It ended up being the right call, just as White trusted it would be.

“Sean is really competitive, and he knows exactly what he has to do,” he said. “He’s going to will his way in.”

• • •

When Dakota Andow lost the battle for Cony’s starting quarterback job, coach B.L. Lippert made sure to stress a point to the junior.

“I told him, I’m acutely aware of what it’s like. Two of my four years in college, I was in a quarterback battle,” he said. “It’s not easy. You think you’re going to win, you think you’ve done some stuff to win the job, and all of a sudden they say ‘Oh, we’re going the other direction.’ It’s frustrating.

“We told him, when he was going to be the No. 2, he needed to be ready.”

Andow saw why Friday night when an ankle injury sidelined starter Riley Geyer, and he responded the way his coach had directed. Andow led Cony back from a 13-0 deficit vs. Biddeford, going 19-of-31 for 239 yards and a touchdown as the Rams took a 14-13 victory on the road.

“That speaks to his preparation,” said Lippert, who didn’t name a starter for Friday’s game against Skowhegan. “It’s a real credit to his preparation and his love for his teammates that he was able to do that.”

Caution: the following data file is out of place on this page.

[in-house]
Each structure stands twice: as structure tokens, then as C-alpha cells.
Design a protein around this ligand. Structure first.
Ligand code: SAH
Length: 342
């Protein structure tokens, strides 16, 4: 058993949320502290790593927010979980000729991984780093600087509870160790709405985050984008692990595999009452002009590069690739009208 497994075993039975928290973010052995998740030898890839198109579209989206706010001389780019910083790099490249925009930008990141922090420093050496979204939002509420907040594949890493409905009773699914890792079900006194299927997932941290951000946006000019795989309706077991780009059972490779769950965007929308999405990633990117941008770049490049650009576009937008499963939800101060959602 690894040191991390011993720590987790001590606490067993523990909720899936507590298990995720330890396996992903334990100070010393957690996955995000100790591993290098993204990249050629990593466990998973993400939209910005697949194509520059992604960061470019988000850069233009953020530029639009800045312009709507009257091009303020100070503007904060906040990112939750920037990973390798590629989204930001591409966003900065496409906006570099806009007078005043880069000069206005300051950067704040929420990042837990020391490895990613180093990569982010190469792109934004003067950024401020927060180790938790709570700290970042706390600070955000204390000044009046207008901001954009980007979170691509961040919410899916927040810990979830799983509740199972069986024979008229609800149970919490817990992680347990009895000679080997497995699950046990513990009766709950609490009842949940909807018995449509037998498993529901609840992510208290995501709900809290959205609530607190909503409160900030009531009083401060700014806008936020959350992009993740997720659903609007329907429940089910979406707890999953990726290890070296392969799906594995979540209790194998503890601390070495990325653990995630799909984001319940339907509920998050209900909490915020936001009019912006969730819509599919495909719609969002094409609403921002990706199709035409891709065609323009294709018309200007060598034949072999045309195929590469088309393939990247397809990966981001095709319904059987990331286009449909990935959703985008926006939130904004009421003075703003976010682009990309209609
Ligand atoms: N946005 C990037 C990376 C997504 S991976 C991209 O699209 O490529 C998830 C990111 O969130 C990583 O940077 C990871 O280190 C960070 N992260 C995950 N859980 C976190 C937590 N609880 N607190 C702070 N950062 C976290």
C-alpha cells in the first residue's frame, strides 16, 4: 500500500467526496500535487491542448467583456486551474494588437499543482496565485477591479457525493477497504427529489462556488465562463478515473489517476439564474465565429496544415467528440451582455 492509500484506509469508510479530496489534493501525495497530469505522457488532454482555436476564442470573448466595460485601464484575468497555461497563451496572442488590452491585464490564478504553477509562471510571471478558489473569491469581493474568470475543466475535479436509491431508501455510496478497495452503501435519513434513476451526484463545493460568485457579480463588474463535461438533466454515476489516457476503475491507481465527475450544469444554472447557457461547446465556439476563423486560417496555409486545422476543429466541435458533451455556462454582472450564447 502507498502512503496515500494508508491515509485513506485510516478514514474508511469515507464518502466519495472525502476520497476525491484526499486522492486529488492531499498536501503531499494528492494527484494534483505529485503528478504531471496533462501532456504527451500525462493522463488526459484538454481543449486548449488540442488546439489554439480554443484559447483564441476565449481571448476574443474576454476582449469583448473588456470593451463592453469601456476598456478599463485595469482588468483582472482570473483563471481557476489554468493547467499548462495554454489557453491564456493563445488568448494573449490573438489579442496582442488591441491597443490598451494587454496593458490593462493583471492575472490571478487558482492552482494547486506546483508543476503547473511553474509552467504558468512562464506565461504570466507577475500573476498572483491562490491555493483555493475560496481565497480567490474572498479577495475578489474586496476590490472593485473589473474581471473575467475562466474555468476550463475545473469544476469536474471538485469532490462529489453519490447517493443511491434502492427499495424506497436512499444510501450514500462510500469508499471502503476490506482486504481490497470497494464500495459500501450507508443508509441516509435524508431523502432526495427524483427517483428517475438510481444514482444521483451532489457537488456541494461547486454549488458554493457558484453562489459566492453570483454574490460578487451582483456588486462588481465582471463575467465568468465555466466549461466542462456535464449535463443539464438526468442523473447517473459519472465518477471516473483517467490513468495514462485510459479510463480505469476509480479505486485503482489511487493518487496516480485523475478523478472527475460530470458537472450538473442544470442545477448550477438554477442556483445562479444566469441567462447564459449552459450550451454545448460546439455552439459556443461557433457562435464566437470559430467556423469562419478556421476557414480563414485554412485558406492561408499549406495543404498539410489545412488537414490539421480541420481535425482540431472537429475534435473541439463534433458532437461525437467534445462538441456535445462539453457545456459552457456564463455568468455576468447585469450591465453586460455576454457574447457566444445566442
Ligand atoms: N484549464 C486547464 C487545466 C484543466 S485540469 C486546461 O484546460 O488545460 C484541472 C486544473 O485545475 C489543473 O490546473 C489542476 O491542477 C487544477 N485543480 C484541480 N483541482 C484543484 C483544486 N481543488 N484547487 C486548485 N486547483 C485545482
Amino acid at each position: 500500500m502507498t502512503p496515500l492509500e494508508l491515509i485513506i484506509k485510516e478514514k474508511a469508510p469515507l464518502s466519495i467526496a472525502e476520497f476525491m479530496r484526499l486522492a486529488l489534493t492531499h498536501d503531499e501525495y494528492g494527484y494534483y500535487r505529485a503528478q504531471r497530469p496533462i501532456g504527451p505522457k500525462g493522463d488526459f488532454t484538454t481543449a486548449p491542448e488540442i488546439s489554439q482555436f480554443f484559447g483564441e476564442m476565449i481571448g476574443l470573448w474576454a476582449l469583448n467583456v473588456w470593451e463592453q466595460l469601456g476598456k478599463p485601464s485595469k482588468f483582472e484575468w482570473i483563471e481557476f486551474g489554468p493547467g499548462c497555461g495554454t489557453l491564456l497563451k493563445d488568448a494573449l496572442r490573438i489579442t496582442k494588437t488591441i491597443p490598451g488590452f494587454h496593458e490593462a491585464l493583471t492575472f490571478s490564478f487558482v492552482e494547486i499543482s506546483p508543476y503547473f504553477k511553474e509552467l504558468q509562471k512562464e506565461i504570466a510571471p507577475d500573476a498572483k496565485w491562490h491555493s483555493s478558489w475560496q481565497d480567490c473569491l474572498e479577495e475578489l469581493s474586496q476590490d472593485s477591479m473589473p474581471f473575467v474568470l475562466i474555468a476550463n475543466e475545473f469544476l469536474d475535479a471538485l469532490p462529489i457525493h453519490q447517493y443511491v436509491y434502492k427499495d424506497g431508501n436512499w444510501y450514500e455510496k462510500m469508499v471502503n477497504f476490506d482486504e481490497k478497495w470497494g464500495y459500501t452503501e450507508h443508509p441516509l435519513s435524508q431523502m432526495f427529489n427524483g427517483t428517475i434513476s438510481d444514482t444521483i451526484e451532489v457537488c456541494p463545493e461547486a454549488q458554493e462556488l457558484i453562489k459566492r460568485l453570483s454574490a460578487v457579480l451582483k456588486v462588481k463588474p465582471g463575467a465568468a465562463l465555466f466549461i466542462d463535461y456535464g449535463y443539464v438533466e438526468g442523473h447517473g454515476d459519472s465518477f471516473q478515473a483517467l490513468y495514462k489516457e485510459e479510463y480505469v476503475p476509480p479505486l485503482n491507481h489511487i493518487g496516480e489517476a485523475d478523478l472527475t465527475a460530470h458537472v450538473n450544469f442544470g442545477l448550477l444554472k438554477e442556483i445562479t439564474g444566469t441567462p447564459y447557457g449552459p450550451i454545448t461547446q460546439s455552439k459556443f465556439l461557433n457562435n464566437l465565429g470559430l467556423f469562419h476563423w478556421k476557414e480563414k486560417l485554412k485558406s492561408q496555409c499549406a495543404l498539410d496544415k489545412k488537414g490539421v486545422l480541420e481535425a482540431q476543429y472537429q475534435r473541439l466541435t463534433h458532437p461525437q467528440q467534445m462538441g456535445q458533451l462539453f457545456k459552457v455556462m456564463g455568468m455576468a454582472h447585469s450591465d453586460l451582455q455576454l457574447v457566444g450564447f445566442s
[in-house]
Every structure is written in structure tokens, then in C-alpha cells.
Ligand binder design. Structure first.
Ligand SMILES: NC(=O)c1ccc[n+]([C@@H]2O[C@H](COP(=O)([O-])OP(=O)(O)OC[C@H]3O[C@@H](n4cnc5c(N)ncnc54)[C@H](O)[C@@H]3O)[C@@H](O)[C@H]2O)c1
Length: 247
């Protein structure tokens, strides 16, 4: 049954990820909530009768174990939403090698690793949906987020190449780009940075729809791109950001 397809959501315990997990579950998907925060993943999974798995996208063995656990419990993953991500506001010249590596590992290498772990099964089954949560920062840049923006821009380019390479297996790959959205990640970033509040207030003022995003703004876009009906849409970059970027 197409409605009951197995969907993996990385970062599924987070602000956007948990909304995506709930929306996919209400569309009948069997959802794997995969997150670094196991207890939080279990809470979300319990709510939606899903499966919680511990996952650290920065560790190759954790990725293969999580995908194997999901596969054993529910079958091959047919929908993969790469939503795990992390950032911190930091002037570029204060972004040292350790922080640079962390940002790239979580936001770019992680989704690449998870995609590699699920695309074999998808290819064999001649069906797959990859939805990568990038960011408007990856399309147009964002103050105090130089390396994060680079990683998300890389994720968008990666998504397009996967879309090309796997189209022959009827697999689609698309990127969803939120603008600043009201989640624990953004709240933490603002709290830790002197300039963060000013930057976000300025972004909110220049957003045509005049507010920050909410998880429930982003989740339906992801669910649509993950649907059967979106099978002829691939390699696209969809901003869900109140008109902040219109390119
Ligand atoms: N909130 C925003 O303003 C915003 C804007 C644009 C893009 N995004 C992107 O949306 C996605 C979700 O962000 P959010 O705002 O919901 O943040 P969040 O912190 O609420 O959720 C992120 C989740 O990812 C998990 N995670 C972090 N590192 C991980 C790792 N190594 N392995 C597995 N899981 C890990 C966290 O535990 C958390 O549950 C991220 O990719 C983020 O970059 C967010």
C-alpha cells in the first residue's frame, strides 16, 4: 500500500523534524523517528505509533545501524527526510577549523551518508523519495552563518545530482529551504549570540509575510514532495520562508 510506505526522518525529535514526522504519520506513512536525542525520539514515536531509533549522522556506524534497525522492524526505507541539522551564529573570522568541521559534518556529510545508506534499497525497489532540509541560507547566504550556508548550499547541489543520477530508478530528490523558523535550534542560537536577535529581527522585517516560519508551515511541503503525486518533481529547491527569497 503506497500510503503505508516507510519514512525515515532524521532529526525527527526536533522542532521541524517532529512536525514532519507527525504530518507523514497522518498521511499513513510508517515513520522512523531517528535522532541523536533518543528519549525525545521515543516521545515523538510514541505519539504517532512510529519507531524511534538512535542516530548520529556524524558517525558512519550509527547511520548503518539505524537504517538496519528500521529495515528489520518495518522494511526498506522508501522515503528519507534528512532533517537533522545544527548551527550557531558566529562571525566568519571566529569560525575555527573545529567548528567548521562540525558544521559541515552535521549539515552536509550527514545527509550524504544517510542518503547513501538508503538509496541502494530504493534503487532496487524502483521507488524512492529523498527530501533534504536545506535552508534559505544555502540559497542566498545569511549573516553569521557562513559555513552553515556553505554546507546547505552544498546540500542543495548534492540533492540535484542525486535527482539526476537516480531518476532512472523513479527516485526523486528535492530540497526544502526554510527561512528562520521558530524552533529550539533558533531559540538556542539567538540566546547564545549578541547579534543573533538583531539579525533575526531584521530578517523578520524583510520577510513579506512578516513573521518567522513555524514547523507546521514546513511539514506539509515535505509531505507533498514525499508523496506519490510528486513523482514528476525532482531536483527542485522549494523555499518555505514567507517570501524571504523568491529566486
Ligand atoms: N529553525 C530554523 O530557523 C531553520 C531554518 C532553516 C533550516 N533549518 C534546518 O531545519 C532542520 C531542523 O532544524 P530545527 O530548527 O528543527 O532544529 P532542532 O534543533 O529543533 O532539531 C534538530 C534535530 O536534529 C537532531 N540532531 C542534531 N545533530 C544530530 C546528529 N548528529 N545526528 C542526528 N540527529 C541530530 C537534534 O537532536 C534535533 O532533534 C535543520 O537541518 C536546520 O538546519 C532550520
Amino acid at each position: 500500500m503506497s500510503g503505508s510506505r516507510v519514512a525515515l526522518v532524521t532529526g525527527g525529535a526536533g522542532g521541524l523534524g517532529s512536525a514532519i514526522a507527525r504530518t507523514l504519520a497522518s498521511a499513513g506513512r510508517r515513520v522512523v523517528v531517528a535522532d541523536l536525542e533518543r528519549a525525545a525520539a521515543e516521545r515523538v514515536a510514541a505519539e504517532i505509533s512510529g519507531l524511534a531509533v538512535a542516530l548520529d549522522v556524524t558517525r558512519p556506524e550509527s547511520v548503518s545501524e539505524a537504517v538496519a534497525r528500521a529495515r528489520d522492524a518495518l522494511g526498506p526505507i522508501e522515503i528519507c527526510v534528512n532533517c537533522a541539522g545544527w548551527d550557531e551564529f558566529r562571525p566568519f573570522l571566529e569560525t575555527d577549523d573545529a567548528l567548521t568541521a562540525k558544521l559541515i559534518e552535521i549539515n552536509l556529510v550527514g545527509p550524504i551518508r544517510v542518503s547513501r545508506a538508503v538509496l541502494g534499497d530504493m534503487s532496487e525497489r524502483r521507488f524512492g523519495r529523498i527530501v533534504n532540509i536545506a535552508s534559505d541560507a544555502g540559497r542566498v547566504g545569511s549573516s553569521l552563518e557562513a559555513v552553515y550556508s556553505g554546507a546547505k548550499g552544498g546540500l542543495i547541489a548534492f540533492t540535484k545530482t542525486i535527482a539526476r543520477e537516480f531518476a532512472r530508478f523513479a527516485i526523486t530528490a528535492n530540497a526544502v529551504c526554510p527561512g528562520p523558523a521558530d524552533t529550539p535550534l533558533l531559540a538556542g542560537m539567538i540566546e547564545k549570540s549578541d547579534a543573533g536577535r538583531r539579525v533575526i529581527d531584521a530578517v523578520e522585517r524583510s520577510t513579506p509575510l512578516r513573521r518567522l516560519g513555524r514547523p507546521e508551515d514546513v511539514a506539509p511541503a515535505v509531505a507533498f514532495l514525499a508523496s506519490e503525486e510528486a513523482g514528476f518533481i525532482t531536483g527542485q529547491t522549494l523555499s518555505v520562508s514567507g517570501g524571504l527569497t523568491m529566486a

Andow said he was ready from the moment he got the call to go in.

“(I) just (had to) keep focused,” he said. “Coach just told me to keep my head in it, it could be my time soon, and not to give up on the season. Just to get ready in case I have to go in.”

Andow said he wasn’t fazed by losing the job, nor was he intimidated by the prospect of erasing a 13-0 gap.

He did, however, say that leading the team all the way back will help him going forward.

“It just gives me confidence,” he said, “to know the team has my back in case I need them.”

• • •

Even before they teamed up on the play of the game, Evan Burnell and Jevin Smith had done their part to lift Winthrop/Monmouth/Hall-Dale to its first win. And then some.

Burnell and Smith saved the game for the Ramblers in the closing seconds, breaking through the line and stuffing Oak Hill quarterback Gavin Rawstron as he attempted to run in a 2-point conversion that would have tied the game at 14 with 24.9 seconds left.

Instead, it was a 14-12 victory, and coach Dave St. Hilaire said the defensive ends anchored the strong effort all night.

“Jevin and Evan really set the tone, because they were crashing in, and at first we weren’t having linebackers to fill up,” he said. “Once we get those guys to fill up, we started to make things happen defensively.”

St. Hilaire said he was pleased with the entire defense, which held Oak Hill to only 139 total yards offense.

“We just weren’t sure defensively if we were ready,” he said. “We get better as the year goes along, but we haven’t spent a lot of time on … our bear defense that we put in this week for that, but the kids executed it very well.”

Drew Bonifant — 621-5638

[email protected]

Twitter: @dbonifantMTM

Only subscribers are eligible to post comments. Please subscribe or to participate in the conversation. Here’s why.

Use the form below to reset your password. When you've submitted your account email, we will send an email with a reset code.